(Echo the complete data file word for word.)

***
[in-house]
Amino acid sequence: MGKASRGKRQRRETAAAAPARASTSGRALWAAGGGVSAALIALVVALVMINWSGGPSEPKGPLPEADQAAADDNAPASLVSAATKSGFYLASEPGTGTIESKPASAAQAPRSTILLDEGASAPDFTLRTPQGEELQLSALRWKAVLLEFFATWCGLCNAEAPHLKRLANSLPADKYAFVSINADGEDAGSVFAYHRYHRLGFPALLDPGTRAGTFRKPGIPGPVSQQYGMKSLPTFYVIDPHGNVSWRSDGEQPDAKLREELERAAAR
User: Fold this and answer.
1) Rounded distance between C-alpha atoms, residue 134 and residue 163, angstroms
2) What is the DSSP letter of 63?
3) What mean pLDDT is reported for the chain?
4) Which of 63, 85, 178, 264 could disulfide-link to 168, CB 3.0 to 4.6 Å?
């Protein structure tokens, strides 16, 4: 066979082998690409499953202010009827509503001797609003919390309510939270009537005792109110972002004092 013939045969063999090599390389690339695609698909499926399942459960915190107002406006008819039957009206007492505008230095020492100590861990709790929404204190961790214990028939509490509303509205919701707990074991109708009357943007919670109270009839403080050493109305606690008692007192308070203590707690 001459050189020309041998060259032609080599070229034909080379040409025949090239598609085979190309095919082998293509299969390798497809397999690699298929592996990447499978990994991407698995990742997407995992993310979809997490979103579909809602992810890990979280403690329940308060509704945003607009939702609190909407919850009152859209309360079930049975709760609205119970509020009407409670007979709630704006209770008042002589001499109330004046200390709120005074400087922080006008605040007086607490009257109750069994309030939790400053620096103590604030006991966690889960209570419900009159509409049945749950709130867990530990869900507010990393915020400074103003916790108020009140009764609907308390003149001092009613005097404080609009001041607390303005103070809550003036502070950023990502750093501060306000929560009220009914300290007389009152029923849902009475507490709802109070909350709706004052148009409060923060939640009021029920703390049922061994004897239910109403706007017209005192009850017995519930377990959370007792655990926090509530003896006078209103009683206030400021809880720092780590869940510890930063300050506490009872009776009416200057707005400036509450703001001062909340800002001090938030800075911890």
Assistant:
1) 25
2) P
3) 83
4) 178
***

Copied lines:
[in-house]
Amino acid sequence: MGKASRGKRQRRETAAAAPARASTSGRALWAAGGGVSAALIALVVALVMINWSGGPSEPKGPLPEADQAAADDNAPASLVSAATKSGFYLASEPGTGTIESKPASAAQAPRSTILLDEGASAPDFTLRTPQGEELQLSALRWKAVLLEFFATWCGLCNAEAPHLKRLANSLPADKYAFVSINADGEDAGSVFAYHRYHRLGFPALLDPGTRAGTFRKPGIPGPVSQQYGMKSLPTFYVIDPHGNVSWRSDGEQPDAKLREELERAAAR
User: Fold this and answer.
1) Rounded distance between C-alpha atoms, residue 134 and residue 163, angstroms
2) What is the DSSP letter of 63?
3) What mean pLDDT is reported for the chain?
4) Which of 63, 85, 178, 264 could disulfide-link to 168, CB 3.0 to 4.6 Å?
């Protein structure tokens, strides 16, 4: 066979082998690409499953202010009827509503001797609003919390309510939270009537005792109110972002004092 013939045969063999090599390389690339695609698909499926399942459960915190107002406006008819039957009206007492505008230095020492100590861990709790929404204190961790214990028939509490509303509205919701707990074991109708009357943007919670109270009839403080050493109305606690008692007192308070203590707690 001459050189020309041998060259032609080599070229034909080379040409025949090239598609085979190309095919082998293509299969390798497809397999690699298929592996990447499978990994991407698995990742997407995992993310979809997490979103579909809602992810890990979280403690329940308060509704945003607009939702609190909407919850009152859209309360079930049975709760609205119970509020009407409670007979709630704006209770008042002589001499109330004046200390709120005074400087922080006008605040007086607490009257109750069994309030939790400053620096103590604030006991966690889960209570419900009159509409049945749950709130867990530990869900507010990393915020400074103003916790108020009140009764609907308390003149001092009613005097404080609009001041607390303005103070809550003036502070950023990502750093501060306000929560009220009914300290007389009152029923849902009475507490709802109070909350709706004052148009409060923060939640009021029920703390049922061994004897239910109403706007017209005192009850017995519930377990959370007792655990926090509530003896006078209103009683206030400021809880720092780590869940510890930063300050506490009872009776009416200057707005400036509450703001001062909340800002001090938030800075911890």
Assistant:
1) 25
2) P
3) 83
4) 178